Jonah Goldberg, "Netroots on Shaky Ground: What’s Left and Right." May 9
LET'S just get this over with. Just before 6 this AM I lay down and switched on NPR to catch the news at the top of the hour. What I caught was the end of the previous hour's news, and someone intoning something about "Anti-American Cleric Muqtada al-Sadr". Is this some sort of courtesy to the 5 AM newslistener who's got a baseball scorecard on Iraq he's keeping at home, but just can't quite keep the players straight? How about "Radical Shi'a cleric" Muqtada al-Sadr, or "Mahdi Army leader" Muqtada al-Sadr"? Or for that matter Anti-Saddam Hussein Cleric Muqtada al-Sadr? Haven't we fucked things up enough yet that framing Iraq as The Hunt for Anti-American Clerics is seen as a bad idea? There is now no possible way that Sadr is left out of the equation in Iraq. If you don't care for that situation, take a bus to five years ago and tell George Bush.
Speaking of stupid (boy, I thought I wouldn't find a segué!) here's Jonah, playing, no really, playing the Right Wing Intellectual card:
The conservative movement was a response to generations of growing statism at home and abroad. From the Progressive era to the Great Society, government seemed to be expanding in tandem with the threat of communism. The conservative project was first and foremost an intellectual one because, as Hoover Institution fellow Thomas Sowell has written, it takes an ideology to beat an ideology.
The conservative infrastructure that arouses so much envy among liberals today was an afterthought. It was created because the far more valuable real estate — universities, foundations, newspapers, and TV networks — were held by liberals. Conservatives used their institutions to have serious arguments about what conservatives should believe.
Swear to God, any time Jonah Goldberg starts talking about the history of anything older than 24 it feels like being asked to examine the crash site of a 767 to determine if any of the passengers had poached eggs for breakfast. There's little bits of half-digested stuff sticking out everywhere, and it's all covered in a horrific slurry that smells even worse than it looks.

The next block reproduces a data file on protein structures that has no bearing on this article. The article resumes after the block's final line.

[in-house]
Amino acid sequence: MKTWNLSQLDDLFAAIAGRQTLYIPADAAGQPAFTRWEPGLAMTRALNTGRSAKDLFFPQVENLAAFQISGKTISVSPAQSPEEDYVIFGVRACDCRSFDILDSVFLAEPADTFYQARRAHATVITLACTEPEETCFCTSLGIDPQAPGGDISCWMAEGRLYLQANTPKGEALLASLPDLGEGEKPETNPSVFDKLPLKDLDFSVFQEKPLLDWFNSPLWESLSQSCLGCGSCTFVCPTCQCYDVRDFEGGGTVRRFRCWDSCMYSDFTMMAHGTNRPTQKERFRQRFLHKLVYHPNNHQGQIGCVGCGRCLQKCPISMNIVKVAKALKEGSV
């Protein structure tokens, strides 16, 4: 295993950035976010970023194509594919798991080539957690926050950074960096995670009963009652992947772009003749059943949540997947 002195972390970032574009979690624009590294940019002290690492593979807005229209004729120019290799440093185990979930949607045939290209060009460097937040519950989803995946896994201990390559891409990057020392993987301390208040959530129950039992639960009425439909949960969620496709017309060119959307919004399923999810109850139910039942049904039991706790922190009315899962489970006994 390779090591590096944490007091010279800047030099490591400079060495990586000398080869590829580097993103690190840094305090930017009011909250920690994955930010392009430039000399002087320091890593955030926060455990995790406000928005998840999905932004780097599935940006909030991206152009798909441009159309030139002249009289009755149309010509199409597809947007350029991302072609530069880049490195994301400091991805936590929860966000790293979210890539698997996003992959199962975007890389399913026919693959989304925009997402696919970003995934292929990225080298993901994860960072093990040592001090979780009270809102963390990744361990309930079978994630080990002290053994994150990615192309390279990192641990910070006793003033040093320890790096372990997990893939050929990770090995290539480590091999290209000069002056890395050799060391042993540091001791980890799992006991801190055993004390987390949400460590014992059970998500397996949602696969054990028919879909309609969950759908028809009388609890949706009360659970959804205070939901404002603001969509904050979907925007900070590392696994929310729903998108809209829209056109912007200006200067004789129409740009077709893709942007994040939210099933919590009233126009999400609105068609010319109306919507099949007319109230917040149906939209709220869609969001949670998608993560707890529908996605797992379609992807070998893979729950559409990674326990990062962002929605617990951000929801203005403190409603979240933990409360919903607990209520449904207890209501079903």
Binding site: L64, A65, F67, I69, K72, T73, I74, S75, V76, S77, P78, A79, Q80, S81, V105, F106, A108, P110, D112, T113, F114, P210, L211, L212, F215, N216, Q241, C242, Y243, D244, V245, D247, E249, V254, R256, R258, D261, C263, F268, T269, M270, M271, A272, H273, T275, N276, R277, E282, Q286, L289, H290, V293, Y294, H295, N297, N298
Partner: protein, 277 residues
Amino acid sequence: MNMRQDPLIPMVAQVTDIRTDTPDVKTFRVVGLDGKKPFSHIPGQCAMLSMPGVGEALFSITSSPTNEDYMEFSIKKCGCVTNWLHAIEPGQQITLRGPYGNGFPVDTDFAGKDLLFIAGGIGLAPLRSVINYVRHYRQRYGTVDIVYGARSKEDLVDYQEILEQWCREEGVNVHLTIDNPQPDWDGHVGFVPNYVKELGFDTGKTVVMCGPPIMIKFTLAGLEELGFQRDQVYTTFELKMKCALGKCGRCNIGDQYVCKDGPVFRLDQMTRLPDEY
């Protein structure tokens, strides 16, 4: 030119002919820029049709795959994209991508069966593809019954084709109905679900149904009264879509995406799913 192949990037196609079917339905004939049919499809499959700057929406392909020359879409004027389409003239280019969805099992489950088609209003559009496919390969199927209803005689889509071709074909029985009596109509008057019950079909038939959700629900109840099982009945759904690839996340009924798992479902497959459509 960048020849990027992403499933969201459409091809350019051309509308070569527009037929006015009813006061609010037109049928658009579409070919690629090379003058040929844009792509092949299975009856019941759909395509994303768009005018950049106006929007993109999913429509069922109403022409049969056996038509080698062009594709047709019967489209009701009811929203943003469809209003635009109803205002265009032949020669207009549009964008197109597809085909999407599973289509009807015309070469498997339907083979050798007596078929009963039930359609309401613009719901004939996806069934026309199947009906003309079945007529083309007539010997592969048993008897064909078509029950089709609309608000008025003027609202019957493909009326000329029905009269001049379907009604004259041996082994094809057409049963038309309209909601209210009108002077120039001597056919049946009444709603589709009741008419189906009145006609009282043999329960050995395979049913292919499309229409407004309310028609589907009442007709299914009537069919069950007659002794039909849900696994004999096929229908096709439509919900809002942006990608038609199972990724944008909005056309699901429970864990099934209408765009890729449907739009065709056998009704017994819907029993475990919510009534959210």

So here's the deal, Jonah. 1) Political Science doesn't drive anything, and hasn't since the 19th century. Its students move to Economics, or International Relations, or remain Political Scientists. The fact that these disciplines are sometimes home to Closet Monarchists, Robber Baron manqués, and people who can't tell the difference between Ayn Rand and a philosopher does not bestow "intellectualism" on any of them. 2) Assuming that it did, so what? Faculties are jam-packed with intellectuals, and you seem to imagine they're all but uniformly liberal, so I guess you lose. The fact is that ideas function in opposition. True conservatism is the opposition to the democratic impulse. It's been around since we chased the Tories into Canada. Modern Movement "Conservatism" may have appended to itself an ideology you call anti-statist, that others say draws on objections to the increasing complexity of modern life, the increase in personal freedom and reduction of the supremacy of property that followed WWII, the collapse of Western religious and moral authority begun--by intellectuals--in the 19th century and completed by two World Wars in the 20th, and a political realignment owing more than a little to outright racism. It did not do so through some startling intellectual breakthrough, but by winning a Best Bumper Sticker Slogan contest. You've been talking to yourselves. This is why you guys were pretty good as the Pore Forlorn Opposition, but from the moment you gained power you had no idea what to do with it aside from cutting taxes. It's why, after thirty-five years of blather about "originalism" and "textualism" the only thing you all agree on is using either as a cudgel. It's why you're still blaming Jimmy Carter, fer chrissakes. 3) Believe it or not, Jonah, the world did not begin the moment you lifted your head out of the Cheetos™ bag long enough to learn something about it, however erroneous.